Examining the pros and cons of milk
The Health Corner
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I grew up being told milk was essential for my bones and health.
My mother always made me drink a tall glass of it with dinner and the “Got Milk?” slogan was ingrained in my mind with its constant appearances in classrooms, television ads and on posters.
Recently, however, I’ve noticed a variety of perspectives on whether the essential nutrients in milk outweigh the potential costs.
The U.S. is the largest producer of cow’s milk in the world, according to the Agricultural Marketing Resource Center.
In 2011, the AMR Center reported that the U.S. produced 196 billion pounds of milk, less than 28 percent of which was processed into fluid milk products.
Ivonne Headley, a senior Dietetics, Nutrition and Food Sciences major, completed a semester-long research project with one of her classmates on the nutritional advantages and disadvantages of various types of milk during infancy, she said.
She discovered that, unlike in the U.S., it is common to consume other forms of mammalian milk around the world.
“Goat’s milk and sheep’s milk are actually very common in other parts of the globe and have several benefits for infants,” Headley said. “Goat’s milk is high in vitamin A, which is great for vision, skin, bone and tooth growth, and sheep’s milk has actually been found to be more readily digested by infants compared to cow’s milk.”
Milk and milk products contribute to protein for muscles, riboflavin for energy, vitamin B12 for the nervous system, calcium for bone mass and potassium to help maintain a healthy blood pressure, according to the U.S. Department of Agriculture.
“There is nothing wrong [nutritionally] with cow’s milk [versus other mammalian milk],” Headley said. “Nowadays it has been fortified with several important vitamins such as Vitamin D, making its affordability and accessibility even more attractive.”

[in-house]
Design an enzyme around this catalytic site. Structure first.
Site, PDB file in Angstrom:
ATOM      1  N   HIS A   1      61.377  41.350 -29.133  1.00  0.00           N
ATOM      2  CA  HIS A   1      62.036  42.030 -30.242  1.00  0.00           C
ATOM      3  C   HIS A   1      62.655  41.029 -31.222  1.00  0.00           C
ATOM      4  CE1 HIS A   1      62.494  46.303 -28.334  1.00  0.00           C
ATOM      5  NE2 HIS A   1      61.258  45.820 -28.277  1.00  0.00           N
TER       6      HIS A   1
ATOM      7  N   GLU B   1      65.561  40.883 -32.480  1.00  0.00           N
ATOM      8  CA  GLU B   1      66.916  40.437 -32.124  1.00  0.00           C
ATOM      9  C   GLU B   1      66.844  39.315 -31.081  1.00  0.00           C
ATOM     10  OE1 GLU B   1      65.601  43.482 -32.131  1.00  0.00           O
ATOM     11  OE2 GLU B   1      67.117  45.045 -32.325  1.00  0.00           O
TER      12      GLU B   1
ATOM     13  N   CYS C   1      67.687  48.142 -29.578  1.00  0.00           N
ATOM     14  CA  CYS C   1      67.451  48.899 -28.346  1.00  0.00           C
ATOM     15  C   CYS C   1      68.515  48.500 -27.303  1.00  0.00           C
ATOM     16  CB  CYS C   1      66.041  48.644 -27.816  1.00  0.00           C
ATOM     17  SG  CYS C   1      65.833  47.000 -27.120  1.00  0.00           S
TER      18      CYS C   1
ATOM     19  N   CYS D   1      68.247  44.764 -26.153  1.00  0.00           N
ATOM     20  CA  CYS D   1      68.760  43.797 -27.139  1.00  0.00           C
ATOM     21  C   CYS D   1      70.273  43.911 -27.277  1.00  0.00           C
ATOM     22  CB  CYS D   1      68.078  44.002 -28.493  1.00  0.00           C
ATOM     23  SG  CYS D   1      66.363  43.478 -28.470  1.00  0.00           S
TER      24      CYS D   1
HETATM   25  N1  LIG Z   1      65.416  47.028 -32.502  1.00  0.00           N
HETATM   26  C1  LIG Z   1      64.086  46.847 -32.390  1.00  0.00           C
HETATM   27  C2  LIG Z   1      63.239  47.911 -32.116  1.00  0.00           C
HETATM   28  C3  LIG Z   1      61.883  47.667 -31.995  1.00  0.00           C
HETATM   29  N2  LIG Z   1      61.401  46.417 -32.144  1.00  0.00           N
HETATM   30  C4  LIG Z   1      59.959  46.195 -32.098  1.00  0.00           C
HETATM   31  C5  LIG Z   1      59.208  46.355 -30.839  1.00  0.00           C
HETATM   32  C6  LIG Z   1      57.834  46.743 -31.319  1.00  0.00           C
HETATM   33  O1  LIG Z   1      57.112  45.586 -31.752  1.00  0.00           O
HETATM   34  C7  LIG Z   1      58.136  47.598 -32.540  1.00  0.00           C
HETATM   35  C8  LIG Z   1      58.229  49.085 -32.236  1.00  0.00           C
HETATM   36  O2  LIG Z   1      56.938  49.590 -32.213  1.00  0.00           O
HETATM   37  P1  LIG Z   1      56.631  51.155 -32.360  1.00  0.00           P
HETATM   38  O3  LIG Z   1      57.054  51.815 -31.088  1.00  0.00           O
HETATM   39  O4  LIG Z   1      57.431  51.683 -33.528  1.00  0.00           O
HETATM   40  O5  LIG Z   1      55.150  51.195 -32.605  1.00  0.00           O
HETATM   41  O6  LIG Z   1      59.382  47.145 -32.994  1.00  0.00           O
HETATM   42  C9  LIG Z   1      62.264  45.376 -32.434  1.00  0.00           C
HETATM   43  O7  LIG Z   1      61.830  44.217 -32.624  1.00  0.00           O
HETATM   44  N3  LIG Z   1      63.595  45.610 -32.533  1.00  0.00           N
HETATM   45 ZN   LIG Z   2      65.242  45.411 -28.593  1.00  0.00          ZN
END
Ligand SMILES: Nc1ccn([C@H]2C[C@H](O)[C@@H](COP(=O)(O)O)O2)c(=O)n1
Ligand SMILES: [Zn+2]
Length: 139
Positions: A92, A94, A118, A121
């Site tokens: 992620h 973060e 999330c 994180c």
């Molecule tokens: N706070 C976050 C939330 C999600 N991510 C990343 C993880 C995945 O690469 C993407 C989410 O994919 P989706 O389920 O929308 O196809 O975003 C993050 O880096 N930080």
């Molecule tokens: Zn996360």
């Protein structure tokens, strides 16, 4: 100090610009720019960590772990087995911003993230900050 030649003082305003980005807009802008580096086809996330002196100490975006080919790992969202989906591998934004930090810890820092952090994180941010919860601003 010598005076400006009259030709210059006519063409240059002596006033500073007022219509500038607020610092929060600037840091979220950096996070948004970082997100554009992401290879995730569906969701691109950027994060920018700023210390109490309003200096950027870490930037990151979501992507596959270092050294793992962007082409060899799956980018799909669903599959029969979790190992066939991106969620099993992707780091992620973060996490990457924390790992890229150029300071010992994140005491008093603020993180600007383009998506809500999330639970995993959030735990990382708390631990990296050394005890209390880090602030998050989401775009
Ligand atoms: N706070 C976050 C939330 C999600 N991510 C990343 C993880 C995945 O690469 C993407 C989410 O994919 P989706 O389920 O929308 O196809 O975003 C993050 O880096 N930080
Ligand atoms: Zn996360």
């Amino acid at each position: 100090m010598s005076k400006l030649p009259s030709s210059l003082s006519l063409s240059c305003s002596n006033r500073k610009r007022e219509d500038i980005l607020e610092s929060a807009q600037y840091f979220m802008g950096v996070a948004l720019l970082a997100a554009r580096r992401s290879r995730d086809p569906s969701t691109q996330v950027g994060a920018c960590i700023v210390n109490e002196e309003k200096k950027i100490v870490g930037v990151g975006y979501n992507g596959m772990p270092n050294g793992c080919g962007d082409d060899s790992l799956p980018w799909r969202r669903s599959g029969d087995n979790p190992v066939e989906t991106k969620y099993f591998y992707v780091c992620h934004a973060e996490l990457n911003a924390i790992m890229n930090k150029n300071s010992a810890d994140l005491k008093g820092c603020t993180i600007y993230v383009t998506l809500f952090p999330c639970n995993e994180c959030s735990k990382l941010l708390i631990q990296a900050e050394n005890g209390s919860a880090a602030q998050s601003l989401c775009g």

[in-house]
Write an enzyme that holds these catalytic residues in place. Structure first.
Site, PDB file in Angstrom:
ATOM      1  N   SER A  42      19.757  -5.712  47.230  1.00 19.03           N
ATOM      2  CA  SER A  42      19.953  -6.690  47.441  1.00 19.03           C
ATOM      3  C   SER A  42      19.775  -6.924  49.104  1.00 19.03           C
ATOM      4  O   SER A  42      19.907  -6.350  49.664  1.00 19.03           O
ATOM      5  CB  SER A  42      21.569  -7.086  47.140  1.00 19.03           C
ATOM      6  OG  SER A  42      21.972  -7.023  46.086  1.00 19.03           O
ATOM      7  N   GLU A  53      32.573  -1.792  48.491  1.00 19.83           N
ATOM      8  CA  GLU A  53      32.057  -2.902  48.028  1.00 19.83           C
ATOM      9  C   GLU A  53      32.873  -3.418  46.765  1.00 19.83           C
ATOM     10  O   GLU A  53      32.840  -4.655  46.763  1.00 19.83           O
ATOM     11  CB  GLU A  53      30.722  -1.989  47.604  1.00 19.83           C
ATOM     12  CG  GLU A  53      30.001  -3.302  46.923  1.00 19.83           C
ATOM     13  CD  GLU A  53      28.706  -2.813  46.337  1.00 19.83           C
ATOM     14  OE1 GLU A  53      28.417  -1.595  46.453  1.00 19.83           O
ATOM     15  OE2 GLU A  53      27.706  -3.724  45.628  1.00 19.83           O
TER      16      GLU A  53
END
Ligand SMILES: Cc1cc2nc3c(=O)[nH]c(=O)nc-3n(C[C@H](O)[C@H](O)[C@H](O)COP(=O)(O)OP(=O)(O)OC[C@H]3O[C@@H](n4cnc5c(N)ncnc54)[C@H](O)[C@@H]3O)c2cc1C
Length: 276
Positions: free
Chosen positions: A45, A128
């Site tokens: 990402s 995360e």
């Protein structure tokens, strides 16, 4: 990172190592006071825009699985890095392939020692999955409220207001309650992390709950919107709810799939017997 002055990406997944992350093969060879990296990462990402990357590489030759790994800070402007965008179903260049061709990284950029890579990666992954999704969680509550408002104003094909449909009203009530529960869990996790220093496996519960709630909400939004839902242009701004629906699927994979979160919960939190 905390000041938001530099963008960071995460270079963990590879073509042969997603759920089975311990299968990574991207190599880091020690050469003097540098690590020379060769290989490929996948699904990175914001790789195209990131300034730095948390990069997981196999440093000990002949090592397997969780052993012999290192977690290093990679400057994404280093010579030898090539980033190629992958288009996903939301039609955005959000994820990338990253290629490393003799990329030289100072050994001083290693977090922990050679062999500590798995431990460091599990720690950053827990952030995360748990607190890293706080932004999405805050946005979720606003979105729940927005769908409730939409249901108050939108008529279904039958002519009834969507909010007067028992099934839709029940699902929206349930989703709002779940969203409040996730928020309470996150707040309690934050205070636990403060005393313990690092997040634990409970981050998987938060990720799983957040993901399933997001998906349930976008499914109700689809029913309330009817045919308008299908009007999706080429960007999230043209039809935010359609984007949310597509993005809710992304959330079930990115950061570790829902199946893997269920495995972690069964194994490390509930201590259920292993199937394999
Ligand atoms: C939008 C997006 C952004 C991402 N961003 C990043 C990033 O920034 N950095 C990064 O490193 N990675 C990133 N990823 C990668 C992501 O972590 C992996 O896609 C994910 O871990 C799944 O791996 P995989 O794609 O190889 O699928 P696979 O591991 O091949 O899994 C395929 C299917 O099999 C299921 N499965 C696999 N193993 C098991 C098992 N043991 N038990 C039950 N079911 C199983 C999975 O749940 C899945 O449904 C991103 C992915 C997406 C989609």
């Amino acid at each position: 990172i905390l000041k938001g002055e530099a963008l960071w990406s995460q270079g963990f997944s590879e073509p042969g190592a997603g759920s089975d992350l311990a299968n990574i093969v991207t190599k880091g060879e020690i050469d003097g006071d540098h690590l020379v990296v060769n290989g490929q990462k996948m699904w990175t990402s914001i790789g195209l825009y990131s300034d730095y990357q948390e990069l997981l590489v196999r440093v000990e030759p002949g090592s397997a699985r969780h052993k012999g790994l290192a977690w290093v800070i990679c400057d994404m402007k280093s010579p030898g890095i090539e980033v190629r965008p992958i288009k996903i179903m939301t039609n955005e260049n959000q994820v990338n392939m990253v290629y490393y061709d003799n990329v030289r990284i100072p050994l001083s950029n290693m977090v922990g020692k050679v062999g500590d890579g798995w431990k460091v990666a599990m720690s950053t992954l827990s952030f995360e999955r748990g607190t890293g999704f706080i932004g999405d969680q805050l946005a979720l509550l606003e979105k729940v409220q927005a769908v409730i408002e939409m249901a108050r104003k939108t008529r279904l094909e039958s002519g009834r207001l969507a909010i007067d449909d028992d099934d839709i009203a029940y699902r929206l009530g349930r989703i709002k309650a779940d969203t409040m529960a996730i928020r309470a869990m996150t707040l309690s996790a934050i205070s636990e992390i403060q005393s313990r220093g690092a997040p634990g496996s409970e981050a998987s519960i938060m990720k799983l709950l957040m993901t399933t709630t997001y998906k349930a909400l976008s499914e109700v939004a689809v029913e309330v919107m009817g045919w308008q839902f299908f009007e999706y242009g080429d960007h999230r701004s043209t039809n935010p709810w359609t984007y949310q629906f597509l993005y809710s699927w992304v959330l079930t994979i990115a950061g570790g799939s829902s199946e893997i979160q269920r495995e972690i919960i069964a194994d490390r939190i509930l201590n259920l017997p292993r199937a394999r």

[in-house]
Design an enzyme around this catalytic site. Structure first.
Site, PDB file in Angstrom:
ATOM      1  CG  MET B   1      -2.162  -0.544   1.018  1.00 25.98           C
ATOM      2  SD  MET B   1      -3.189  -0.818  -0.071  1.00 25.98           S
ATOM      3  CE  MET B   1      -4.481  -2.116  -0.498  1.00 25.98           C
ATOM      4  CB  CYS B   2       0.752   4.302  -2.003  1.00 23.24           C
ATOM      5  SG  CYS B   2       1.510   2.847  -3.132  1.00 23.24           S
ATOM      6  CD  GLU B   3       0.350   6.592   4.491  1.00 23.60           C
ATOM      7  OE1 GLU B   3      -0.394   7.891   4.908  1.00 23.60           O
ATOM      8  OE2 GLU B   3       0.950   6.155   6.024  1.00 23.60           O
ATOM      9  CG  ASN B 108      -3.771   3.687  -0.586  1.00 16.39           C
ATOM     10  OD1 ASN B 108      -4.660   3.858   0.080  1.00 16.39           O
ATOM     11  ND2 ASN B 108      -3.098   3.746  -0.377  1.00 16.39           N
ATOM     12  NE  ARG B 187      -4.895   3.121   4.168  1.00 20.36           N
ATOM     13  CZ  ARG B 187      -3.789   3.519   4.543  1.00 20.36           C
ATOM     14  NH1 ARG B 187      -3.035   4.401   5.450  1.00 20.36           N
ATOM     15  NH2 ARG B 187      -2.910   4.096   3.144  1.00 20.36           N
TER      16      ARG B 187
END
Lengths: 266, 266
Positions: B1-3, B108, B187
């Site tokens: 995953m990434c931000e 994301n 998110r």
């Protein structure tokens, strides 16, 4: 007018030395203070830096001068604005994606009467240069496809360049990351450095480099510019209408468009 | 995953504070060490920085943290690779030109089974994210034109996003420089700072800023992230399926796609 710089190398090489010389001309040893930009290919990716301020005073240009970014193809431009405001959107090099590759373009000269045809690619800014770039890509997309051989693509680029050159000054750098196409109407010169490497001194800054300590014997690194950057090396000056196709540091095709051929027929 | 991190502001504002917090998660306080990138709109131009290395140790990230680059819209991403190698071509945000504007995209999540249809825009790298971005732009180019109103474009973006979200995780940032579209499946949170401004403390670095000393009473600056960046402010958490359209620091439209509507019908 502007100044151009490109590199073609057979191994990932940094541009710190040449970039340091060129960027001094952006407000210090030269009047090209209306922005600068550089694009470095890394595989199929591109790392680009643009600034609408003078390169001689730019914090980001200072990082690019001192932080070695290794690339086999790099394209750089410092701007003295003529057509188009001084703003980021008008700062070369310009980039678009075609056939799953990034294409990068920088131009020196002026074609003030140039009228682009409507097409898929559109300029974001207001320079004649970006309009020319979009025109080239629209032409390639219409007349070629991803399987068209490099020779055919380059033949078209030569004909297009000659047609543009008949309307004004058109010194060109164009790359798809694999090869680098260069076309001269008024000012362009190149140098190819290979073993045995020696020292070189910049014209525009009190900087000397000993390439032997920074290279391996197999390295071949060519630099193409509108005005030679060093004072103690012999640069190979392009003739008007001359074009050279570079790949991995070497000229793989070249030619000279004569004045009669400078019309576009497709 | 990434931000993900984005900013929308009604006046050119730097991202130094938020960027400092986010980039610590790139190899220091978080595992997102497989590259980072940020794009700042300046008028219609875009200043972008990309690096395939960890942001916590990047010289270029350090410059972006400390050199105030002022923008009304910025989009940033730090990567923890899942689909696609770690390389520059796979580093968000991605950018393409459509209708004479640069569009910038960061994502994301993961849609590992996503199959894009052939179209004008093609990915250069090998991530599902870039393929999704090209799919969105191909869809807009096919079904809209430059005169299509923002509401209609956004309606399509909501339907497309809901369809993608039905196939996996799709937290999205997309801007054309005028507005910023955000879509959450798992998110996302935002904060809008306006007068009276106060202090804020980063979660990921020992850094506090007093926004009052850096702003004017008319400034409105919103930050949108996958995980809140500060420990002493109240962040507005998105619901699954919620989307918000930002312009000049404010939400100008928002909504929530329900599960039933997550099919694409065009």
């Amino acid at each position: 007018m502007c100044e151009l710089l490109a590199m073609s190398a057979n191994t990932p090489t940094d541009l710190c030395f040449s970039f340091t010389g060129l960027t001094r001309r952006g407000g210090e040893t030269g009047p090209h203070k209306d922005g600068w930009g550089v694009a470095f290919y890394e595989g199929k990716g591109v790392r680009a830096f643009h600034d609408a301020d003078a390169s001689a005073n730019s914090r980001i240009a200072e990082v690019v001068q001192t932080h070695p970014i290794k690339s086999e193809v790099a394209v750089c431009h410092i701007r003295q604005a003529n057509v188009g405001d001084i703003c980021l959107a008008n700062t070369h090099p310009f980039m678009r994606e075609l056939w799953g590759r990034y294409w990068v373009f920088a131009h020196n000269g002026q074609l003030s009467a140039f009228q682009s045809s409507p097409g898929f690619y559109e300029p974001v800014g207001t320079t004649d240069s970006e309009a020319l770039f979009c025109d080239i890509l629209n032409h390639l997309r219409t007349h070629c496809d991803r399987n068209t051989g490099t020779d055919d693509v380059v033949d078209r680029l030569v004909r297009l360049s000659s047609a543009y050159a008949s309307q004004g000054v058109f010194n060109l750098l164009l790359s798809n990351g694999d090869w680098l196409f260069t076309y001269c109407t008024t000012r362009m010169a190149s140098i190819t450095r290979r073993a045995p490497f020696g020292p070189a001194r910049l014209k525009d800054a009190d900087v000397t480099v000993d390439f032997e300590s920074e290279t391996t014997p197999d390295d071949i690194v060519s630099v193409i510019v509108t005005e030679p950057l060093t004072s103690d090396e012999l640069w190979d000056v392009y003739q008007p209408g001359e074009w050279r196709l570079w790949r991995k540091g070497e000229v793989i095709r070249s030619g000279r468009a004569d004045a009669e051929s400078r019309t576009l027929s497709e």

Vitamin D functions to maintain proper levels of calcium and phosphorus, which helps to build and maintain bones, according to the USDA, and their daily recommended amount of dairy for women and men ages 17 to 30 is three cups.
Many nutritionists advise to make fat-free or low-fat choices and limit the intake of products such as two percent reduced-fat milk and chocolate milk, which contain trans fats and added sugars, according to the USDA.
This is because a diet high in saturated fats and cholesterol can cause an increase in “bad” cholesterol, low-density lipoprotein in the blood, which the USDA says can increase the risk for coronary heart disease.
For those who are lactose intolerant or choose not to consume milk, the USDA advises to choose other calcium-rich foods, such as calcium-fortified juice, almond milk, soy products and kale to maintain a healthy dietary balance.
Although milk is a great source of nutrients, many individuals choose to forgo it for a variety of reasons. One main reason is that they maintain a vegan diet and lifestyle.
“I don’t drink milk as a vegan, because female cows are tied down and inseminated to become pregnant to be able to produce milk for us,” said senior Sarah Bullock.
Most cows undergo hormone injections in order to produce large quantities of milk, Bullock said.
According to PETA, artificial hormones are injected into cows to increase the rate at which they grow.
Although the production of milk is an ethical concern for many, the large amount of nutrients and vitamins in fortified milk products are beneficial to the body—it’s just a matter of finding the right fit for you.
“I believe it is important to know there are more options out there than what the mainstream American food industry advertises,” Headley said.